Speaking of new clothing, Anita starts the book having totally trashed—with bloodstains—her work clothes (it's okay, the blood wasn't hers). She's tired, she's home, and she's not looking forward to a long conversation on the telephone. Which is sort of good, because when the phone does inevitably ring, it's her friend Edward the bounty hunter. Those of you who have followed the series so far know that she owes him a favor, and this is the book where he calls it in. There's a serial killer loose, and Edward is actually . . . frightened. Anita Blake the legal Executioner, hasn't really run into that before, and besides, it's pay him back or shoot it out with him, so she packs up her full regalia and goes to his home town. Where she finds that the monster Edward, who has always had a soft spot for her . . . has developed other soft spots and possible questions about the direction his life has taken. Nice stretch of character for Edward, and it makes Anita once again question the decisions she's made with regards to Jean-Claude and Richard. Hamilton also introduces Olaf to Anita, another Executioner-type and a man who makes vampires seem pleasant. She's worried that he's a soul-mate. He's happy at the thought. We'll be seeing more of him, I can almost guarantee it.

So . . . there's not a lot of her two ex-beaus, but Edward's private life is certainly a draw, and his friends are . . . well, they make him look like a calm, sane, rational, normal person.

Is it worth the hardcover price? Yes. Go forth and buy in confidence.

* * *
And speaking of buying with confidence, the last book for this month is Bios, subtitled A Novel of Planetary Exploration, which is entirely accurate, but is a tad dry unless you've already read the novel. The first thing you'll notice about the book is its length: it's short. At just over two hundred pages, it's dwarfed by the Perry, and doubled by the Hamilton—but it took me longer to read than either of the two previous books for two reasons. The first is that Wilson doesn't waste a word; the second, that his words are so well put together it's a joy just to pronounce them silently, syllable by syllable, rather than scanning their surface for simple information and moving on.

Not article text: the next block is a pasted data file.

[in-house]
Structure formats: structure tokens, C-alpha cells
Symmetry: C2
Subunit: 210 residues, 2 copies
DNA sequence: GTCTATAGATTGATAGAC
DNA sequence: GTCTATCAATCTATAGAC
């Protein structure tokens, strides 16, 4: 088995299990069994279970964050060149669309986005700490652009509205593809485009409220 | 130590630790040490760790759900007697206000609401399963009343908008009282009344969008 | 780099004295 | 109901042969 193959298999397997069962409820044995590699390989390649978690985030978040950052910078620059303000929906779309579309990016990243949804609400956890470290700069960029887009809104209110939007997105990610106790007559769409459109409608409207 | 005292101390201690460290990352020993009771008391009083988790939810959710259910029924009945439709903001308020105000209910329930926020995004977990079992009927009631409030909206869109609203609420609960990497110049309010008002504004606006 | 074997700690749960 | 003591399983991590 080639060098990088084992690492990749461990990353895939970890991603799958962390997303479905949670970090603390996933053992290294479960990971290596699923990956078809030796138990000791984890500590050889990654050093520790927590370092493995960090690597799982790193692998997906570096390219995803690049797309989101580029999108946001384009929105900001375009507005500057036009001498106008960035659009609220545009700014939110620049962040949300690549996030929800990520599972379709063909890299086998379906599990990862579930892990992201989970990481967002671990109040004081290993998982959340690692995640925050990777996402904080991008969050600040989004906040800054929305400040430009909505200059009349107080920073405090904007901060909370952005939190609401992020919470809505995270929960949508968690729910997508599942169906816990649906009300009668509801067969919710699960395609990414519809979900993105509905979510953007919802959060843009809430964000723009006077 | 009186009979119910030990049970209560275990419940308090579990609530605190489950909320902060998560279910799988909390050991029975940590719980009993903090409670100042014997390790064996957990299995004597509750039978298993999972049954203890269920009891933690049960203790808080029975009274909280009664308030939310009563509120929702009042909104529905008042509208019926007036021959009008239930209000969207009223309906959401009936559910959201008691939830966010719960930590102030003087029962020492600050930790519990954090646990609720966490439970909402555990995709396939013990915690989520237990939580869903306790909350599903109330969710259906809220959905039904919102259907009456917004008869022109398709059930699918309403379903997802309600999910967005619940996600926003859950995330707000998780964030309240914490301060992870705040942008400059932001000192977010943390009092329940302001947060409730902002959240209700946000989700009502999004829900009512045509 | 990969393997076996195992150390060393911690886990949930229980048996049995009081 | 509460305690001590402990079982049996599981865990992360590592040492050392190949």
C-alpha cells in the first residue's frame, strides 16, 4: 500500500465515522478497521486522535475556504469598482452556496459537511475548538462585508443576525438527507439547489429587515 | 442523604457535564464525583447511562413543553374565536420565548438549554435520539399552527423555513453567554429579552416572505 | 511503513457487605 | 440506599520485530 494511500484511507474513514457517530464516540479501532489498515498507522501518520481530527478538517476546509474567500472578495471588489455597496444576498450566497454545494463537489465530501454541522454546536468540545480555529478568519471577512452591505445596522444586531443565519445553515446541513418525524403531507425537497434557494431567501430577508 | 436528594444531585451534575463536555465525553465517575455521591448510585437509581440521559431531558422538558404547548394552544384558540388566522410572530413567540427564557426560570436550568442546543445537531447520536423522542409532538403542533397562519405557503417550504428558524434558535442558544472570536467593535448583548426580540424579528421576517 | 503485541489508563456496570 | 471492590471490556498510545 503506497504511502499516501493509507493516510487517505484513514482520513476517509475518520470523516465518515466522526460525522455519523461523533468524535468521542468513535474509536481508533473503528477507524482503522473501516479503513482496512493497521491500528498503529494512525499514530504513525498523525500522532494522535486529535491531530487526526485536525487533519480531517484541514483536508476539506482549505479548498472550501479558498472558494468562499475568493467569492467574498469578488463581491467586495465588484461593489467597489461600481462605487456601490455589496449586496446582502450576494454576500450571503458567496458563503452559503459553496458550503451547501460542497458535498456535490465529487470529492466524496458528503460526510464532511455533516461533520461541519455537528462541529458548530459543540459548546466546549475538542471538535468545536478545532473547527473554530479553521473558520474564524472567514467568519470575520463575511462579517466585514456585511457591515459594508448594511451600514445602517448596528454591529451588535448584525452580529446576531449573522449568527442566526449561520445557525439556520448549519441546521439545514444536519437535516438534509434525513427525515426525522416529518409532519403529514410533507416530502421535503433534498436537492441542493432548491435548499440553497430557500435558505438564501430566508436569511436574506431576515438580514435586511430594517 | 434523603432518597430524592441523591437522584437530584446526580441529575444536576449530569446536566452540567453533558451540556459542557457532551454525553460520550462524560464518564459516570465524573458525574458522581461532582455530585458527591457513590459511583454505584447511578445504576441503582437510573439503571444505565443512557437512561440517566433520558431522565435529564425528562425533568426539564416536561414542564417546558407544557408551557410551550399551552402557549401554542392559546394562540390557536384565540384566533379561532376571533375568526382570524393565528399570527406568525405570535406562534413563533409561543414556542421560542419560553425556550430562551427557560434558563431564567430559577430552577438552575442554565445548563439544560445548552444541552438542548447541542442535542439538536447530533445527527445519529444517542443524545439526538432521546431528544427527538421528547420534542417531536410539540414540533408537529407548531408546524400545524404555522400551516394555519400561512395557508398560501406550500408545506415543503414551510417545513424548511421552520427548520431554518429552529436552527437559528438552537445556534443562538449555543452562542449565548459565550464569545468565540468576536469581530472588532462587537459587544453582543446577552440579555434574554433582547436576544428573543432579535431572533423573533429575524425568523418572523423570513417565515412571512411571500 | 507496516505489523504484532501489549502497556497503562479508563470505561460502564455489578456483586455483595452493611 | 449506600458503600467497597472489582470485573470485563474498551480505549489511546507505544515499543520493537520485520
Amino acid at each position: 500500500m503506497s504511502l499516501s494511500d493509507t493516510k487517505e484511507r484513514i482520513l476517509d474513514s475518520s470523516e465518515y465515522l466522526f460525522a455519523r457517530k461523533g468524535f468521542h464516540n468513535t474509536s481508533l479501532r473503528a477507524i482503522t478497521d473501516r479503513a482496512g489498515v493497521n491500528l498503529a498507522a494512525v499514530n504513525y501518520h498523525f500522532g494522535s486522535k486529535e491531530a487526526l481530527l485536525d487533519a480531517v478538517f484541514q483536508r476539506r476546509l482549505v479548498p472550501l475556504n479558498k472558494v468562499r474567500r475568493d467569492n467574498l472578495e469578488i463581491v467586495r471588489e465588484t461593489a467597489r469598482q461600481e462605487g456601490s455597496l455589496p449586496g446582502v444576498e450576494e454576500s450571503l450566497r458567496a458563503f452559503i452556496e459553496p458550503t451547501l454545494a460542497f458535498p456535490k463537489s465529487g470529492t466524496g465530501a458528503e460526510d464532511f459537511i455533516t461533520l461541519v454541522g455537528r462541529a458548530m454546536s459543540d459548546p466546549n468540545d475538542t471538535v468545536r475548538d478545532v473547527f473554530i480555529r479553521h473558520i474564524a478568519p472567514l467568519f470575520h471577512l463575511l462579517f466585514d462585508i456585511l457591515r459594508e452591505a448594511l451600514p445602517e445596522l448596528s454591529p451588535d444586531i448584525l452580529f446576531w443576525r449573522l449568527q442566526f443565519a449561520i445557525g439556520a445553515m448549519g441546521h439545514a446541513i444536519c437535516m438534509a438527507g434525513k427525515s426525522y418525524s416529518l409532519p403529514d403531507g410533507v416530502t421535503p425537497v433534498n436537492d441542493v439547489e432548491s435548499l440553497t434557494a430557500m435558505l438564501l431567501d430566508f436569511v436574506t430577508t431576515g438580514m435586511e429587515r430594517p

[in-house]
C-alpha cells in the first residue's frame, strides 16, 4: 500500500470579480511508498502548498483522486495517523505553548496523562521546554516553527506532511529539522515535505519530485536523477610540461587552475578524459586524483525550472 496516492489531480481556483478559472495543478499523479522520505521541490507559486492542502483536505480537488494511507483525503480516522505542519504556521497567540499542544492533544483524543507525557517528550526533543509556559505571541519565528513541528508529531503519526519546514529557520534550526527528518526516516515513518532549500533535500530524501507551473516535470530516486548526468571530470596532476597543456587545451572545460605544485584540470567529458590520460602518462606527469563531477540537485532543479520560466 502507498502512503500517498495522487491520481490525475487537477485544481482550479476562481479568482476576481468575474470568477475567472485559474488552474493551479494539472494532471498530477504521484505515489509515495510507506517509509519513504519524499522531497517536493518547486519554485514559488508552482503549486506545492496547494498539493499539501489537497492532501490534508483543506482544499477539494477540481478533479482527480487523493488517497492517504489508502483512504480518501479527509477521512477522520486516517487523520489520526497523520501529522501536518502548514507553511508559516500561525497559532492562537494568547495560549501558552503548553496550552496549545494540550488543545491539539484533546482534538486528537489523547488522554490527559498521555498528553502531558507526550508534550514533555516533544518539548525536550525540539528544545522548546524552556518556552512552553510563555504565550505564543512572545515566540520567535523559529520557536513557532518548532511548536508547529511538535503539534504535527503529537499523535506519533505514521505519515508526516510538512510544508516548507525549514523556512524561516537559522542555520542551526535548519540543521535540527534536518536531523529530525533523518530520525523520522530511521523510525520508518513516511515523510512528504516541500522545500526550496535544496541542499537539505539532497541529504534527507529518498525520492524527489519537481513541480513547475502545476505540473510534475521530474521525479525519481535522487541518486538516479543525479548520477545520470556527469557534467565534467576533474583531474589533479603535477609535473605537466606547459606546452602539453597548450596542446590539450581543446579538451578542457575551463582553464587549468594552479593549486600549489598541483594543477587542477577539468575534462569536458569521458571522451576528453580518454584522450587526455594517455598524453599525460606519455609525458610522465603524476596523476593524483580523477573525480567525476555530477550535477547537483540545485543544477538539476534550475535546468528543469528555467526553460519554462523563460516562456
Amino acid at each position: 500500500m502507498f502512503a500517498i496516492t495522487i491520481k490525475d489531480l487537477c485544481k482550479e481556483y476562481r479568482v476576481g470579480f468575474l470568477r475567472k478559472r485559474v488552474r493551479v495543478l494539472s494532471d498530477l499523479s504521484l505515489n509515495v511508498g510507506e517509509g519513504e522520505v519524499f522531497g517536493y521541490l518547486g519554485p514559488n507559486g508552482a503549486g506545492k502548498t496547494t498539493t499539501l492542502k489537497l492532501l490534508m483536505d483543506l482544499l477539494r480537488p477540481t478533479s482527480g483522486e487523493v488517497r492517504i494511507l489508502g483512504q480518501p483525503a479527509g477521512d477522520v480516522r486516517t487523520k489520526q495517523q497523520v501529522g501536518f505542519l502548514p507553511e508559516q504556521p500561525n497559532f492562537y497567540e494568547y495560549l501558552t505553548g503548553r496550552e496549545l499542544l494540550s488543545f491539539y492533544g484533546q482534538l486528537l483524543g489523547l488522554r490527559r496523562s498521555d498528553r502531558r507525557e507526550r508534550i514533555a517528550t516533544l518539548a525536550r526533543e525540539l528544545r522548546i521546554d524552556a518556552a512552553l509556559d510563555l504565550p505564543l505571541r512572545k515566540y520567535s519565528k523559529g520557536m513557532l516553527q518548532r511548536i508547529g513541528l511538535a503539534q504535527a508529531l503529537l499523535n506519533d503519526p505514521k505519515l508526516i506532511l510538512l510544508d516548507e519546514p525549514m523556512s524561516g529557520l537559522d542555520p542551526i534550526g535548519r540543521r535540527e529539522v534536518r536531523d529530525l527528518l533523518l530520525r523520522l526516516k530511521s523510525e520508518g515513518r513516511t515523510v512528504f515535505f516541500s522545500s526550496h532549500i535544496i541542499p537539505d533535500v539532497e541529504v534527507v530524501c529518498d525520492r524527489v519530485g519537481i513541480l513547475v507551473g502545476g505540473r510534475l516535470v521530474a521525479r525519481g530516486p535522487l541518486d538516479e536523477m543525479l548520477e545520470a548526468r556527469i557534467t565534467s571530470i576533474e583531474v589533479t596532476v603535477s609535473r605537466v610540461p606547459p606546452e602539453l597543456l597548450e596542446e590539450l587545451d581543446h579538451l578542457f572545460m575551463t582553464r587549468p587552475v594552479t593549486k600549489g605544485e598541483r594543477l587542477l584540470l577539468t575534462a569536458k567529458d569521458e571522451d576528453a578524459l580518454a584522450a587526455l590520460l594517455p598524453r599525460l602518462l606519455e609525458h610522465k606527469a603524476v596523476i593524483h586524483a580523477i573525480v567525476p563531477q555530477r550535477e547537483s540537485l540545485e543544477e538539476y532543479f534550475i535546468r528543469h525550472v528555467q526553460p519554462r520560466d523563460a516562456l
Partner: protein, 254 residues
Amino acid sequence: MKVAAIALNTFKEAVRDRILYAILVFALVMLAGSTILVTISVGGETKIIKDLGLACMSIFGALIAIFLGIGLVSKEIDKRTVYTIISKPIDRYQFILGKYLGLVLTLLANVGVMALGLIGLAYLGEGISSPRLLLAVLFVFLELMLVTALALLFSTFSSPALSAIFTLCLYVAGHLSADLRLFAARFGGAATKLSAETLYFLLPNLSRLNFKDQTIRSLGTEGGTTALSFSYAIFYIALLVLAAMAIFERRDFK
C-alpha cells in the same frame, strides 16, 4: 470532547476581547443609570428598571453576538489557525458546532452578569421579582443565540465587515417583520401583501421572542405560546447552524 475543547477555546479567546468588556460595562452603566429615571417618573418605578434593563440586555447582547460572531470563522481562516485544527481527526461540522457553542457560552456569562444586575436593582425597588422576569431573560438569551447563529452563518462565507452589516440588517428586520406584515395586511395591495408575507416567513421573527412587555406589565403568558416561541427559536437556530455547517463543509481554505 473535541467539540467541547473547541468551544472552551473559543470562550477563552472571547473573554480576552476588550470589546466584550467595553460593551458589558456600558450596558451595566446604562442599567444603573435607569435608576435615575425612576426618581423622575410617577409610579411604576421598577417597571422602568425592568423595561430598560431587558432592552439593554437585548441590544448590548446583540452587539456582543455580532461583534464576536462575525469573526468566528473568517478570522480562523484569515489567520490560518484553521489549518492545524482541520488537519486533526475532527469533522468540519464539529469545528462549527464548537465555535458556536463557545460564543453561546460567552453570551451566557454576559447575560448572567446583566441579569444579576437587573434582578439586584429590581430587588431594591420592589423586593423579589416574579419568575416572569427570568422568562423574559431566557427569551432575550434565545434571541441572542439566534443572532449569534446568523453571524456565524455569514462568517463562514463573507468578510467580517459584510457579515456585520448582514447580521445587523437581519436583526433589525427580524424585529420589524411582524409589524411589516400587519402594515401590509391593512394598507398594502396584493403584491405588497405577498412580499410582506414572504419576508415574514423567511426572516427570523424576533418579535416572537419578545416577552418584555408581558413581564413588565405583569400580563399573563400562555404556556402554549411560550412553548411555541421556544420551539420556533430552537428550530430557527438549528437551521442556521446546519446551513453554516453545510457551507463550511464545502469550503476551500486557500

The prologue of the novel is a simple act of sabotage, but as anything in a Wilson book, the simple is driven by the complex, and the act is at best half understood by the woman who, in a moment of privacy, on impulse, commits it. She is conducting a medical examination of a young woman with unusual augmentations, and she removes her patient's thymostat implant, an implant that dampens fear, anger, rage, joy, hormones—anything that makes a person profoundly human. There is no freedom on earth; there are Families, and they essentially own the human universe. Take the young woman now missing a thymostat (Zoe's her name) as an example: she was designed (and presumably paid for) by a group of people with an interest in Isis, and her sole purpose in life is to walk the planet's surface. She has one friend: father-figure Avrion Theophilus, a person with an extremely vested interest in her performance.

But she has been sheltered from people for a long time; she can't stand the simplest of day-to-day touches—a handshake, and she has to work to force herself not to flinch; she's lived in a thymostat-imposed isolation while she trained hard to prepare for her life's completion: the explore the planet Isis. But life is not predictable. On the stations of Isis—unavoidable pitstops on the road to Isis itself—she meets people. She meets them without the chaperone of the thymostat to control and suppress her reactions.

Wilson, in his two hundred pages, has created a sense of complex political structure which most books several times as long can't dream of achieving—but the background worldbuilding is that: background. Wilson understands that in order to have believable characters, they must come from believable places; they must be a product of the experiences of their past, however much of that past is obscured, and to that end, the texture of the world out of which these people are born, and in which they're tangled, is absolutely necessary.

Zoe meets Tam Hayes. Tam Hayes has no part in the life that was planned for her at birth—should she survive—and she knows it... but, to quote another station hand, Elam Mather, "life touches life."

This is a book about defenses and the breaching of defenses; about life, about death, and about the complicated way in which the two are interwoven; about friendship and the things that make life valuable even when death is unavoidable. Better, it's written by a person whose every word shows that he's listened to, and absorbed the way people speak when they're nervous, frightened, angry. He has no vested interest in turning those people into soap boxes or apologists; you can believe, reading Wilson's work, that every book is a struggle between structure and chaos—the structure a novel imposes and the chaos understanding of real people makes of that structure.

Every book that Robert Charles Wilson has written bears that stamp: He is never condescending. He is never less than clear-eyed and lucid. He never reduces humanity to equations and numbers. Although on the surface, the Hugo-nominated Darwinia and Bios have very little in common—the one being an alternate history (of sorts) in a past that echoes the familiar just enough to evoke and enforce the foreign, the other being possibly the most 'techie' novel Wilson has written—his acute observation of the human condition is evident from page one. Is he always successful? No, although I count Bios as one of his better works; if it lacks the finer character details of Mysterium (which is, I think, the novel of Wilson's that I best like), it also lacks the abrupt and structurally shaky ending. But he tries more when he stretches than most of us do, and if his books are flawed, they're flawed in the way that people you love are flawed; you don't love them any less; you may even love them more.

Don't judge Bios by its size or its cover; it's worth the time to hunt down and pick up.